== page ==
Now, I went a little farther afield and had you on an asteroid, camping in a pressure-tent.  The bear was wearing a spacesuit, so the color is indeterminate. One mile "south" of the camp has a circumference of one whole-fraction of a mile.  South could be the solar-south, or the south magnetic pole of the ‘roid.  Given this, the asteroid must be egg-shaped if you are NOT at the north pole of the asteroid.

    There’s always hyperspace, as well.

    The problem is defining the solution-set.  Constraints can be as informative and as important as the conditions.  Head-aches.  Yes, the headaches.

  4. Zach, m_i_m, Jim: I like the way you think! Thanks for proving my thesis that multiple correct answers always exist!

  5. Jeroen says:

    Impresive how you turn a riddle into something making us think about it and combine it with our daily job.

    Here another throw with the stick.

    Your saying you were out camping. Only you didn’t say that that was the starting point. And you walked a few miles and then you came to the position you started. This also could be the place you started before you camping to your camping place.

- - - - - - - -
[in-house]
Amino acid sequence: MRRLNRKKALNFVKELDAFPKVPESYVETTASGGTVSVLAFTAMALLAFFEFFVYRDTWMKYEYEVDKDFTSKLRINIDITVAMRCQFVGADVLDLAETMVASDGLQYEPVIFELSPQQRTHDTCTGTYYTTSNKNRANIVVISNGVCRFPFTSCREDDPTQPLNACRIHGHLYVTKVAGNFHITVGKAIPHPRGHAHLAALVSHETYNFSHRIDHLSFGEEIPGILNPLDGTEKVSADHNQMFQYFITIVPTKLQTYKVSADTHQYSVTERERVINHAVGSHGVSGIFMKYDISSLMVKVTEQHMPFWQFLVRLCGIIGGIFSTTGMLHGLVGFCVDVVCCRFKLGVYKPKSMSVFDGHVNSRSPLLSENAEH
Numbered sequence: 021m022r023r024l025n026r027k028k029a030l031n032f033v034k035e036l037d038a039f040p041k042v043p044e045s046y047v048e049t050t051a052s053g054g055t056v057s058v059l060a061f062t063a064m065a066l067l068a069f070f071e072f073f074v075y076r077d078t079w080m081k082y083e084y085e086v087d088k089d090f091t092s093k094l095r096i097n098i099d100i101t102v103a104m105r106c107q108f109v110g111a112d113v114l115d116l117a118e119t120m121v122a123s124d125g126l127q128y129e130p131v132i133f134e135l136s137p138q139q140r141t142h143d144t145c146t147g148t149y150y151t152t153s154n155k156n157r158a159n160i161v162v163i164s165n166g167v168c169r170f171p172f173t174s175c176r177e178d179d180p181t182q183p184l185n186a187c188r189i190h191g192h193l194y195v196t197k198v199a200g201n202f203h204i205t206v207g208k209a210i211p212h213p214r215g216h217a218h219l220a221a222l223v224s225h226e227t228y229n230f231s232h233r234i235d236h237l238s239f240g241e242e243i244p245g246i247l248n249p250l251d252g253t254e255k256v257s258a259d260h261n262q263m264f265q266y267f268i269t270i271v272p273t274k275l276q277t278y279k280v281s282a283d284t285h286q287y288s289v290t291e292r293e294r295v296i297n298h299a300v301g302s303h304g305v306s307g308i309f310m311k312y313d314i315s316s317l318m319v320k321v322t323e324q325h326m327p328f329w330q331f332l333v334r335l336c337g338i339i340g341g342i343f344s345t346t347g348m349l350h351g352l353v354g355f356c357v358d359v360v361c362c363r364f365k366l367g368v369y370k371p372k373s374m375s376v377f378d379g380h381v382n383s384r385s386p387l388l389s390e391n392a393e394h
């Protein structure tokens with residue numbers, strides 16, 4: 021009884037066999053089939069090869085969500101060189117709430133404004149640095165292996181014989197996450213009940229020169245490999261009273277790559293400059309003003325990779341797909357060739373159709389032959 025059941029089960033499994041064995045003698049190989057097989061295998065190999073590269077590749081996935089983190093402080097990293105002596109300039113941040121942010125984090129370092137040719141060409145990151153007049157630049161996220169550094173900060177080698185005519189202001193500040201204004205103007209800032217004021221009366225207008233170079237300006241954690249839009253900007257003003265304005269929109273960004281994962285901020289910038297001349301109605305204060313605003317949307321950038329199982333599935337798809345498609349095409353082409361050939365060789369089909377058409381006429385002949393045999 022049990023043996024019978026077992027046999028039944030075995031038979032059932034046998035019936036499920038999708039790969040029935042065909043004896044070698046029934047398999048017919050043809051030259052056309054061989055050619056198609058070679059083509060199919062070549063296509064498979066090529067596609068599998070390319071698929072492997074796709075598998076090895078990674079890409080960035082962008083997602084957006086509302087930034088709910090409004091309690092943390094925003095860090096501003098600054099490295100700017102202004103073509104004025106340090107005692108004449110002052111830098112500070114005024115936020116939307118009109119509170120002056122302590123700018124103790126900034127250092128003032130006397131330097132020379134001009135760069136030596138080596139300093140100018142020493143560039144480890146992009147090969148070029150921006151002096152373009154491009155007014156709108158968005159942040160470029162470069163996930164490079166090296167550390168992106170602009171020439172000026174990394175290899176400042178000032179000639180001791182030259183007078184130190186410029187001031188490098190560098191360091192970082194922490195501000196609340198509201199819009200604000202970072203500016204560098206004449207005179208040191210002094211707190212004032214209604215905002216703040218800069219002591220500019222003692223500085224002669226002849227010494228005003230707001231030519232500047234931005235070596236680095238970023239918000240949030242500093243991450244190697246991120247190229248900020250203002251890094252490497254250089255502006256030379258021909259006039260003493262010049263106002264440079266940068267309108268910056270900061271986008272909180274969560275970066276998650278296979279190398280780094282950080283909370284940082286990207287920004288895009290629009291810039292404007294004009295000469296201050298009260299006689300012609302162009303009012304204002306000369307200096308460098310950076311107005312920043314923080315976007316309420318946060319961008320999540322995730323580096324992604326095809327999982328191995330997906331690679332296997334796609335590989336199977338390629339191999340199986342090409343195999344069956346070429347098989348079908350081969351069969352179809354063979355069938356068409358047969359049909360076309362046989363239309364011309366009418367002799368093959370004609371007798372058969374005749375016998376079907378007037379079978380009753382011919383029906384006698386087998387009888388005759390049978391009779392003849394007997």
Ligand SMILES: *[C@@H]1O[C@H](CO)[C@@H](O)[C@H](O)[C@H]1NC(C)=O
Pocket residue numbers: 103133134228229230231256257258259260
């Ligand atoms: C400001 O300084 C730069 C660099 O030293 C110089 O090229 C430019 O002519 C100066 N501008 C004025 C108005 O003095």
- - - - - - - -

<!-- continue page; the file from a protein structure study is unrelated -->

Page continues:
Imagine that you started from you home, then your camping place would be 1 mile south, 1 mile west, turn 90 degrees and walked 1 mile north. (referce walking ? 🙂 ) And you camping site is just about a mile away.

    Perhaps bear was a typo in specs and you ment beer. Only beer for lunch is a bit early.



  6. Simon says:

    I wonder if any developers were reading this and thinking "why were you walking a mile south!? everyone knows there are bears there!"

    Another cracking blog, they’re always guaranteed to get me thinking.